These are precisely the questions that the FDA addressed when it created its recommendations on the difference between hearing aids and personal sound amplifiers.
As outlined by the FDA, hearing aids are classified as “any wearable instrument or device designed for, offered for the purpose of, or represented as aiding persons with or compensating for, impaired hearing.” (21 CFR 801.420)3
On the contrary, personal sound amplifiers are “intended to amplify environmental sound for non-hearing impaired consumers. They are not intended to compensate for hearing impairment.”
Despite the fact that the difference is transparent, it’s easy for PSAP producers and sellers to avoid the distinction by simply not discussing it. For example, on a PSAP package, you may find the tagline “turning ordinary hearing into extraordinary hearing.” This statement is unclear enough to skirt the matter completely without having to explain exactly what the catch phrase “turning ordinary hearing into extraordinary hearing” even means.
You get what you pay for
As stated by the FDA, PSAPs are simple amplification devices intended for individuals with normal hearing. So if you have normal hearing, and you wish to hear better while hunting, bird watching, or tuning in to distant conversations, then a $20 PSAP is perfect for you.
If you have hearing loss, on the other hand, then you’ll need professionally programmed hearing aids. While more expensive, hearing aids provide the power and features required to correct hearing loss. The following are some of the reasons why hearing aids are superior to PSAPs:
- Hearing aids amplify only the frequencies that you have trouble hearing, while PSAPs amplify all sound indiscriminately. By amplifying all frequencies, PSAPs won’t make it easy for you to hear conversations in the presence of background noise, like when you’re at a party or restaurant.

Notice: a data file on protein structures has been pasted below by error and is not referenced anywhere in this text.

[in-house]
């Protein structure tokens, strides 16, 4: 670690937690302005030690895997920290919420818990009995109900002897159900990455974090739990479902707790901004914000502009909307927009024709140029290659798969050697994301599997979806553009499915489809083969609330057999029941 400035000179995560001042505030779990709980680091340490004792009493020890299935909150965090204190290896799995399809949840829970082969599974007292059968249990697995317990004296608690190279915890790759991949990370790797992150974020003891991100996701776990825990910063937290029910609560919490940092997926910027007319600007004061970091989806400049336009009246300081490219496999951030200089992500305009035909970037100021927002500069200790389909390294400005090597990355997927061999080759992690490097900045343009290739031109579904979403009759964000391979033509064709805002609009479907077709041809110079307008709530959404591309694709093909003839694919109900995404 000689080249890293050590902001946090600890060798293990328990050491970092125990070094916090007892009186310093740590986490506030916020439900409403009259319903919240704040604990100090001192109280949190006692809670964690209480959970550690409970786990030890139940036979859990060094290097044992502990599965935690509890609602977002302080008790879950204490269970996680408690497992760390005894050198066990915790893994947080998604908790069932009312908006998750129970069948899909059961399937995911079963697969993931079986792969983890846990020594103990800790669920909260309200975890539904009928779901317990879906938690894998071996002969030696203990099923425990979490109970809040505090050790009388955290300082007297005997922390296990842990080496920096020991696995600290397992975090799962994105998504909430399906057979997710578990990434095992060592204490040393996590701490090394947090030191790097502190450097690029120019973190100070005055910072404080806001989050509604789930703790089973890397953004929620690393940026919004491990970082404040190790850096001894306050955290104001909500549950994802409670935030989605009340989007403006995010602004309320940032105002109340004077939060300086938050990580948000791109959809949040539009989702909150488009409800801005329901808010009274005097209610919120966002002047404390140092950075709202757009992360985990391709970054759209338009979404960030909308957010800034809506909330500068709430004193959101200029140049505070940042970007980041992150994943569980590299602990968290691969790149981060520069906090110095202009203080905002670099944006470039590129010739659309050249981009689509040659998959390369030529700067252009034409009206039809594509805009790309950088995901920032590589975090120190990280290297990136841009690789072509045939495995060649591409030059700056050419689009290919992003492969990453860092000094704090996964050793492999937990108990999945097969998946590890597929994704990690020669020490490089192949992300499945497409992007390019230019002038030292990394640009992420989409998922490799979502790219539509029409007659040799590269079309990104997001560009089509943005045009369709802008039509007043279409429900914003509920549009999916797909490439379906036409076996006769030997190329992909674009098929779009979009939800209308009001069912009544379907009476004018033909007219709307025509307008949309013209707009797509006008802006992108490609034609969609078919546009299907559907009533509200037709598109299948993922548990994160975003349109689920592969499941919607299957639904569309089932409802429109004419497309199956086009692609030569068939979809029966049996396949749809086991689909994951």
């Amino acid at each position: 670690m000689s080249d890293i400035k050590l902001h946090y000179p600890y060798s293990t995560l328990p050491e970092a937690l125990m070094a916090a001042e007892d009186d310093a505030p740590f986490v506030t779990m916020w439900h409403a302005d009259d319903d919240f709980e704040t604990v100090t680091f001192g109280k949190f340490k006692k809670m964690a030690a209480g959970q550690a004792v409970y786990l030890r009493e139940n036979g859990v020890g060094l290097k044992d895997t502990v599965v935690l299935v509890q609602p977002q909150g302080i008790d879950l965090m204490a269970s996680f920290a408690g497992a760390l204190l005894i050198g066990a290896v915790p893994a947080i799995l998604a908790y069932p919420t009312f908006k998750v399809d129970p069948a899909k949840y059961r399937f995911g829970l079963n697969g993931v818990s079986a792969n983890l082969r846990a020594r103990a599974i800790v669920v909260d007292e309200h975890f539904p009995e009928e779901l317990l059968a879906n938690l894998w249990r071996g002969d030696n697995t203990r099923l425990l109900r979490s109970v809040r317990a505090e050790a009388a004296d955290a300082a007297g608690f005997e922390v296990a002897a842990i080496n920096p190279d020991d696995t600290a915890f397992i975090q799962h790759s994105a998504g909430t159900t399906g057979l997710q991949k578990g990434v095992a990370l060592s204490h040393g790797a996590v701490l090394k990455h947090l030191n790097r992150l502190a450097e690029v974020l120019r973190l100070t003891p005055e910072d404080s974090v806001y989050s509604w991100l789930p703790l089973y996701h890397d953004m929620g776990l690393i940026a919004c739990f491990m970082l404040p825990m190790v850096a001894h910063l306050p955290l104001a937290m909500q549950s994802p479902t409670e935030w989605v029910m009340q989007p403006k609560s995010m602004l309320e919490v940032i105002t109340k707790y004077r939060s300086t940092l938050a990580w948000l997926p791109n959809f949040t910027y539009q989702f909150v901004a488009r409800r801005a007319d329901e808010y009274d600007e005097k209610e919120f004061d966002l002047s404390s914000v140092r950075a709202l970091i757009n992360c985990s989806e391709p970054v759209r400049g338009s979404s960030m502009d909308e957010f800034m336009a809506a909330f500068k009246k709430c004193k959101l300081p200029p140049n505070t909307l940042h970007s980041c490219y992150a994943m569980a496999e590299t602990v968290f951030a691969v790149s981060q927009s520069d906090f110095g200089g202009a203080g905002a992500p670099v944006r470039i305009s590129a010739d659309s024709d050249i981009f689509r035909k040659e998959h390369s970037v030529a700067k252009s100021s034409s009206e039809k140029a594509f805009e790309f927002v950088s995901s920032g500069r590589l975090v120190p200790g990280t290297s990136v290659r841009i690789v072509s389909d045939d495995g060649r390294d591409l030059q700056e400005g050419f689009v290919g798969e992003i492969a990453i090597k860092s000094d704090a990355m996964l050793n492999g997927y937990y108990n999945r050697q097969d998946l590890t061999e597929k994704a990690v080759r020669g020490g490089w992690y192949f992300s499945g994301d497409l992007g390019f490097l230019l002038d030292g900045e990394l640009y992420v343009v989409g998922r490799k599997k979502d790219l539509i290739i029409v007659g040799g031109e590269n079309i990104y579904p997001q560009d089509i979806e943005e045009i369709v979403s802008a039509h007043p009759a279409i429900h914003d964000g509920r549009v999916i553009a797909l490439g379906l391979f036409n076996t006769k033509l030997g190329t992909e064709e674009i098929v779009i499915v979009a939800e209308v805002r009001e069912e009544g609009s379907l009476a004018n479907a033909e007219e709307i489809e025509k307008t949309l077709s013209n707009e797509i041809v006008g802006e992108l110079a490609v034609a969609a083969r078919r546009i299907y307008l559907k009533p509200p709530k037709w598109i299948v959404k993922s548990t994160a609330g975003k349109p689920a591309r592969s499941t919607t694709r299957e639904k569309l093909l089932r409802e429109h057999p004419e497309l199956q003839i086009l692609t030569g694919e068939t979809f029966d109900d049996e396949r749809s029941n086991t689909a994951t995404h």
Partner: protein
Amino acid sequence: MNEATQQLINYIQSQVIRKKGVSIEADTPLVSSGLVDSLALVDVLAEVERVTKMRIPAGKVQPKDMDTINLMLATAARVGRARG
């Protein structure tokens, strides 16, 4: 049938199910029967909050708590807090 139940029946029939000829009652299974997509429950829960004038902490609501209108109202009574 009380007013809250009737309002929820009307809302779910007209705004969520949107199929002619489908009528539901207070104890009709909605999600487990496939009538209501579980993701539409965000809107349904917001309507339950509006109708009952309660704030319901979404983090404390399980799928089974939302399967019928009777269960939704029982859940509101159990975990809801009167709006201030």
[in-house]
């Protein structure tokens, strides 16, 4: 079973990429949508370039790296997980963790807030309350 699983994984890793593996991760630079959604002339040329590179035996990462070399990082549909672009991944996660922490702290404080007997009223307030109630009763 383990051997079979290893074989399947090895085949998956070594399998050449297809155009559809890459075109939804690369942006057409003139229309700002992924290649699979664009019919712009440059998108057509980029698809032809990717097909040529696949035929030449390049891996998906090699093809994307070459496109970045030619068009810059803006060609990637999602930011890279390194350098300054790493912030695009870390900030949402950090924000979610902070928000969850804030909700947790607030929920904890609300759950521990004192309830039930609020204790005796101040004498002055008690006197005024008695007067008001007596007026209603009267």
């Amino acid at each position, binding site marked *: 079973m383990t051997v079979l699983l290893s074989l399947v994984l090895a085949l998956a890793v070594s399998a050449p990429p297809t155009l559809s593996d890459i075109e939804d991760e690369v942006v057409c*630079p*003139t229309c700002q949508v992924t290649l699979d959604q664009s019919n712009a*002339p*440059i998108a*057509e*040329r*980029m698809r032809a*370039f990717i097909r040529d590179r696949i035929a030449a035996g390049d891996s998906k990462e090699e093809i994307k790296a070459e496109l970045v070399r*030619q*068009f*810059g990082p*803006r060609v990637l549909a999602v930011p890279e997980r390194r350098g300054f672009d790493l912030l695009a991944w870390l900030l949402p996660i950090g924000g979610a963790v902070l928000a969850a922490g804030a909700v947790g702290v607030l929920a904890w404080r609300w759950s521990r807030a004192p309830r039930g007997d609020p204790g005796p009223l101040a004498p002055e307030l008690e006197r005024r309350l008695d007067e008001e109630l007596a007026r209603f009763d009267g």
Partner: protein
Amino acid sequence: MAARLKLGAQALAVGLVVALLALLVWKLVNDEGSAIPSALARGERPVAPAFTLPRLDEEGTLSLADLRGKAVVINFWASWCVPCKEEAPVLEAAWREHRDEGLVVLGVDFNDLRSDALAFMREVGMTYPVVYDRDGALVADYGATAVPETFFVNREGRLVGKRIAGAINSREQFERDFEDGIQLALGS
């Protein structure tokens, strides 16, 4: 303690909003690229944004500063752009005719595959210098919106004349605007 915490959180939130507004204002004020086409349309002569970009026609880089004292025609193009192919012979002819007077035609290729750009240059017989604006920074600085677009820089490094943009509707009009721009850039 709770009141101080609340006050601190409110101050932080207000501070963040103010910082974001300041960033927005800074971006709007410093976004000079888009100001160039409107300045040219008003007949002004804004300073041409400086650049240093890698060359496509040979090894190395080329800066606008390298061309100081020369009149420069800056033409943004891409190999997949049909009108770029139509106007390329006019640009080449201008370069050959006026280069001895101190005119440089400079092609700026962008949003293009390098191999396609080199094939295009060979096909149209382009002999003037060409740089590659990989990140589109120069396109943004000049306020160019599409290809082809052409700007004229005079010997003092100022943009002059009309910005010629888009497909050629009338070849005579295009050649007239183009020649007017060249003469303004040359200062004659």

- Hearing aids come with integrated noise reduction and canceling features, while PSAPs do not.
- Hearing aids are programmable and can be fine-tuned for maximum hearing; PSAPs are not programmable.
- Hearing aids contain multiple features and functions that minimize background noise, permit phone use, and provide for wireless connectivity, for example. PSAPs do not usually contain any of these features.
- Hearing aids come in diverse styles and are custom-molded for maximal comfort and aesthetic appeal. PSAPs are in most cases one-size-fits-all.
Seek the help of a hearing professional
If you think that you have hearing loss, don’t be tempted by the low-cost PSAPs; rather, make an appointment with a hearing specialist. They will be able to precisely measure your hearing loss and will make sure that you receive the most suitable hearing aid for your lifestyle and needs. So while the low-cost PSAPs are tempting, in this situation you should listen to your better judgment and seek professional help. Your hearing is well worth the work.
- Federal Trade Commission: Appeals Court Affirms Ruling in FTCs Favor in Q-Ray Bracelet Case
- National Center for Biotechnology Information: Effect of “ionized” wrist bracelets on musculoskeletal pain: a randomized, double-blind, placebo-controlled trial
- Food and Drug Administration: Guidance for Industry and FDA Staff: Regulatory Requirements for Hearing Aid Devices and Personal Sound Amplification Products